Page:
"Death-tax holiday at steep price".

    Caning might be more appropriate

    "Fla. man fined for destroying bald eagle nest".

    Evil unions

    The union haters at The Orlando Sentinel post this headline today: "Don't let teachers unions kill $1 billion grant, state says".

    Greer "putting noble lipstick on the pig of practicality"

    Paul Flemming: "Greer said he is stepping down for the good of the party, appeasing opponents who would otherwise "burn the house down and destroy" the RPOF."

    That's putting noble lipstick on the pig of practicality. It wasn't Tea Partistas, it wasn't Marco Rubionettes that were Greer's undoing. It was the money, honey. When political heavyweights — wealthy ones, with lots of loaded friends such as Southwest Florida's Al Hoffman and the Panhandle's Charlie Hilton — say they're not giving money to the party until Greer is gone, you're Melba.

    We'll see more clearly after Monday, when campaign-finance reports for the 2009 fourth quarter are released, how the GOP fared. The party said this week it raised $4.5 million in the final quarter of the year. The details of the filing will give an indication of how that money was raised, whether by party efforts or the related, but distinct, toil of legislative leaders.
    "Bottom line was the bottom line for Greer".

    Good question

    "From the school board to the state Capitol, public officials love texting. It's a convenient way to dash off a message -- to a lobbyist, aide or family member. But when they hit send, are they creating a public record?" "Officials' text messages at heart of open-government controversy".

    Yaaawwwnnn ...

    "Crist to GOP: Return to basics".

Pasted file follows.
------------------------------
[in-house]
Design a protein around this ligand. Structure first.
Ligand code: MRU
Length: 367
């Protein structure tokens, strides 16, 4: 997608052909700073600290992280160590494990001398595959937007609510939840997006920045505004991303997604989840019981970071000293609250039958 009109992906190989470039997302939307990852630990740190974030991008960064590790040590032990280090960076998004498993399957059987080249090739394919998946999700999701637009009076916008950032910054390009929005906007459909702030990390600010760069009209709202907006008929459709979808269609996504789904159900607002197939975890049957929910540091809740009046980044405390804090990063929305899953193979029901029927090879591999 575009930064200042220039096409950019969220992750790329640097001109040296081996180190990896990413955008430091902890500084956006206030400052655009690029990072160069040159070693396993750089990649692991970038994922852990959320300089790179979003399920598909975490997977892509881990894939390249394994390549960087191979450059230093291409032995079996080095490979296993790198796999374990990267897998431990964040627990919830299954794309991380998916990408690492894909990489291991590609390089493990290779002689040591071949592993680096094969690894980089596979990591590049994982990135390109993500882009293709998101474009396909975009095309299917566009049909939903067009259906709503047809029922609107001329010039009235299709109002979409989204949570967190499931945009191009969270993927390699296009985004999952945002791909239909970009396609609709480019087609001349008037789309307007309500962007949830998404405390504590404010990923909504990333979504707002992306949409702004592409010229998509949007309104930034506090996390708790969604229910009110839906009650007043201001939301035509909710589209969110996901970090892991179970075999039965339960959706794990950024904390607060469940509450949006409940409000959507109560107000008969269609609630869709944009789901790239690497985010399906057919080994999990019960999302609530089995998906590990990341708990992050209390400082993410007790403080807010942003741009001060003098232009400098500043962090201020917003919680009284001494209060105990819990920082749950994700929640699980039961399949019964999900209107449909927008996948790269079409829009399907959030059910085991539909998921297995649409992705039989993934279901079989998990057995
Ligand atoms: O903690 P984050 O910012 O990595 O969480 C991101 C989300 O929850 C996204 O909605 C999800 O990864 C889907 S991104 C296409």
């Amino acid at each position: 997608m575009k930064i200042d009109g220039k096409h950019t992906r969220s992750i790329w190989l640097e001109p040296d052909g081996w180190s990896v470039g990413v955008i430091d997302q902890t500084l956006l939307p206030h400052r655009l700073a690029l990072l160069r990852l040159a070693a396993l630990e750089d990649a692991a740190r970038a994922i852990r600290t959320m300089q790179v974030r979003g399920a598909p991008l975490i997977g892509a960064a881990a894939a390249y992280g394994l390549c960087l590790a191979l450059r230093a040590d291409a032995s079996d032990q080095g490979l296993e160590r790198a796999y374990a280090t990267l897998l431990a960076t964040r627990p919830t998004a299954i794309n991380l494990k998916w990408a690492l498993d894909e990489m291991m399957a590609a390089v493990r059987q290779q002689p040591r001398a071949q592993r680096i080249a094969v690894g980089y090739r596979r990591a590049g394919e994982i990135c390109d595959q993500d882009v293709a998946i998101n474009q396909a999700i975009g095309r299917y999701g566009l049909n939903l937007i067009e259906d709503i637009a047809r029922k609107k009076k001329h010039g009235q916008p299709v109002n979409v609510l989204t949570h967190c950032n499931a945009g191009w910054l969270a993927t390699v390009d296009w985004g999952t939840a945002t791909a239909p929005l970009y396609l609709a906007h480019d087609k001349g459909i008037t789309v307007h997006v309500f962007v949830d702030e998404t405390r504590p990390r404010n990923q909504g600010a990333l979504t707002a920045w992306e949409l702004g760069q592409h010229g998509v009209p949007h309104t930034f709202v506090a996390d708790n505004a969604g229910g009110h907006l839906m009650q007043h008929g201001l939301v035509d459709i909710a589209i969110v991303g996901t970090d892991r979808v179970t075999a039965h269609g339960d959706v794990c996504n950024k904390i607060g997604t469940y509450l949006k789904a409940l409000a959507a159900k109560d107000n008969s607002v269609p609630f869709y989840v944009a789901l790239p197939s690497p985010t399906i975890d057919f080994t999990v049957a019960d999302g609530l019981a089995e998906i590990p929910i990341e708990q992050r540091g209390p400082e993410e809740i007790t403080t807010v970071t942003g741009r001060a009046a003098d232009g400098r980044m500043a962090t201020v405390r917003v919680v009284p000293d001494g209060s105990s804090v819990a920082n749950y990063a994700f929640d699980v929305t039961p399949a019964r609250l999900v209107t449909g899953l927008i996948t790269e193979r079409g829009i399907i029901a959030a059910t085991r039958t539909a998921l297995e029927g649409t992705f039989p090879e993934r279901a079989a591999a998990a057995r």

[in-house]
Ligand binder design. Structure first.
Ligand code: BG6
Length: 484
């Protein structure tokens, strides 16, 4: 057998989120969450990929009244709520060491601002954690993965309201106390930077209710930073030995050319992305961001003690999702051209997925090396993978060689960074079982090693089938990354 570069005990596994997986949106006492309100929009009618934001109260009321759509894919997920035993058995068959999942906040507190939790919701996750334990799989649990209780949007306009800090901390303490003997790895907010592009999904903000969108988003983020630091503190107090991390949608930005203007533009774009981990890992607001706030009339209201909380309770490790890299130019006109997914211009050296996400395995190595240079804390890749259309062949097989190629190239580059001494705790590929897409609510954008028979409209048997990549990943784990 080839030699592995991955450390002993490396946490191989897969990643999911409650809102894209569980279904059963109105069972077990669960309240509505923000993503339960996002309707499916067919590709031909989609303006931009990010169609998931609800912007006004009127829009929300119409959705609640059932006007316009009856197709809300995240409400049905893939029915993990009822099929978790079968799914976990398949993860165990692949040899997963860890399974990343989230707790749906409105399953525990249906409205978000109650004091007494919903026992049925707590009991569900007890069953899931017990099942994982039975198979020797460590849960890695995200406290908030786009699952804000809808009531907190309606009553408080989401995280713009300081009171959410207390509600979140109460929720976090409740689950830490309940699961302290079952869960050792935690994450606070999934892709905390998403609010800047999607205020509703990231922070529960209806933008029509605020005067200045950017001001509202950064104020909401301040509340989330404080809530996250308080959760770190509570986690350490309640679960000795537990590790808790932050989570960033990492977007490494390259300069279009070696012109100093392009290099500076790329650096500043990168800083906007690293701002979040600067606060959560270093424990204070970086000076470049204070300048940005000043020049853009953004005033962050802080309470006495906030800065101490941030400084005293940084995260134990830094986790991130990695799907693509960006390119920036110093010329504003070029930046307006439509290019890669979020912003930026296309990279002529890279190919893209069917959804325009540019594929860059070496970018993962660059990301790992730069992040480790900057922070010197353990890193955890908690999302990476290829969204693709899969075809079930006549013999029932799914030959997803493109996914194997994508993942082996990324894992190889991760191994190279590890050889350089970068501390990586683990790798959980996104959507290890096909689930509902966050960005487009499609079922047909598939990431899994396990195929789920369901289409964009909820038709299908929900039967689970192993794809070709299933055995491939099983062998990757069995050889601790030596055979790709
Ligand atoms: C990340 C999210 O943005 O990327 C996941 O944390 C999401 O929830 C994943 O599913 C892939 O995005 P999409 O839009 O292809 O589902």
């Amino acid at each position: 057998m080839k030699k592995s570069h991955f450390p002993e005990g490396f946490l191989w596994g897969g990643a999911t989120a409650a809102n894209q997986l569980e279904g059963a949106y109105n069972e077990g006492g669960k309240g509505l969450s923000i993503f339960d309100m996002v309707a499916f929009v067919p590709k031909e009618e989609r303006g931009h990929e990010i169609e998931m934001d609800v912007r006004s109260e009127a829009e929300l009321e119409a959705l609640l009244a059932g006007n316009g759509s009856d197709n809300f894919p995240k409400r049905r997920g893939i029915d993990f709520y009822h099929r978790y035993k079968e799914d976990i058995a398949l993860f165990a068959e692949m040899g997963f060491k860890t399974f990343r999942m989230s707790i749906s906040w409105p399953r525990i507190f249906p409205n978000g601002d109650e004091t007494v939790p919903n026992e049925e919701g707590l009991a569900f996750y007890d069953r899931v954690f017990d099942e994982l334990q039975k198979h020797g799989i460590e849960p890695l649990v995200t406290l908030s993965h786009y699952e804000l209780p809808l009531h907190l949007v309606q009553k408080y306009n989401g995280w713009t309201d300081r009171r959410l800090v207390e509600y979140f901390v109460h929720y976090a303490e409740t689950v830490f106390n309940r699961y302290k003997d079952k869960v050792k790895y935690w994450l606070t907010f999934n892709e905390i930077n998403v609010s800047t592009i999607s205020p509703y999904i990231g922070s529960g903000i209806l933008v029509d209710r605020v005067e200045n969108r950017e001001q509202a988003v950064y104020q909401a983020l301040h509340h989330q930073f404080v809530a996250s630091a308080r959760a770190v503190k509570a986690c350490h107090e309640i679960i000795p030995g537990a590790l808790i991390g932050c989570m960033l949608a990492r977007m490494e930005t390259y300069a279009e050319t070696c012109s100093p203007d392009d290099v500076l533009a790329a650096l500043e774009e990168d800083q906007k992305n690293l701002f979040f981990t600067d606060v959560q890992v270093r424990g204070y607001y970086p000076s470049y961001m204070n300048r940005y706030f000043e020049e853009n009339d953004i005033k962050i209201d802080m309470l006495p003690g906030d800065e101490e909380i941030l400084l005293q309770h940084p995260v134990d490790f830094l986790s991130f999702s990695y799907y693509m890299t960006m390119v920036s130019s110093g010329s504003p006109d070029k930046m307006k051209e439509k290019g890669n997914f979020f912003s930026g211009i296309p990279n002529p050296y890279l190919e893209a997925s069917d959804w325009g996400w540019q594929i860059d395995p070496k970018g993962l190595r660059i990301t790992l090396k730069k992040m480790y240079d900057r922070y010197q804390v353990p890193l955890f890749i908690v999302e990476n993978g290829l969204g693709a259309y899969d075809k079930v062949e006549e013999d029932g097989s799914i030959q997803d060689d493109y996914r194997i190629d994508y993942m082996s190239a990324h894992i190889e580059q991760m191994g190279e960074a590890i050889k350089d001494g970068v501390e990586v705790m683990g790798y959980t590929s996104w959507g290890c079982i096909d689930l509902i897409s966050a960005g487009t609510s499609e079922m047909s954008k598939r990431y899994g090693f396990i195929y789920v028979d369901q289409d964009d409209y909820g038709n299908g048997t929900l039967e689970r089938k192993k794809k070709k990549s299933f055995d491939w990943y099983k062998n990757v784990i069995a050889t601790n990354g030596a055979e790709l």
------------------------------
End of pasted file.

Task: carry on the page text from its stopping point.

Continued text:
Bright futures

    The Palm Beach Post editorial board: "Free ride needed new rules: Bright Futures fixes were way overdue".

    A country clubbers' thing

    Lucy Morgan: "Crist recently challenged President Barack Obama to be more transparent while negotiating the final details of health care reform legislation in Washington."

    Perhaps the governor would like to support a little more transparency closer to home, within the Republican Party of Florida. So far he's dodged every opportunity to say the beleaguered state GOP should come clean and make credit card statements public.
    "We got a glimpse of how the GOP spends money after former House Speaker Ray Sansom was indicted on criminal charges last year. It wasn't pretty."
    It might cause you to wonder why anyone would donate money to send Sansom and several family members on trips to Europe and western North Carolina. Sansom charged about $173,000 to a party credit card during a two-year period, according to documents that surfaced as a result of the criminal charges against him. That was just a fraction of the more than $3.6 million charged by party officials to credit cards between January 2007 and June 2009. The image that emerges after a look through Sansom's bill is far different than the public image of a small town guy who talked about fiscal restraint.
    "Let's see those GOP credit card statements".


    Jackie Bueno Sousa: "Corruption usually unseen till it's too late".

    Running government like a business

    "A state review found that the state's juvenile justice chief traveled extensively between Tallahassee and his St. Petersburg home, with taxpayers picking up the tab for short-term parking, flight changes and hotel stays." "Juvenile justice secretary's travel expenses questioned".

    There's an idea

    "The League of Women Voters of Volusia County will host a meeting to discuss the pros and cons of the Coquina Coast Seawater Desalination Project, a collaboration between the city of Palm Coast and other local government entities to solve area water woes." "League of Women Voters hosts desalination meeting".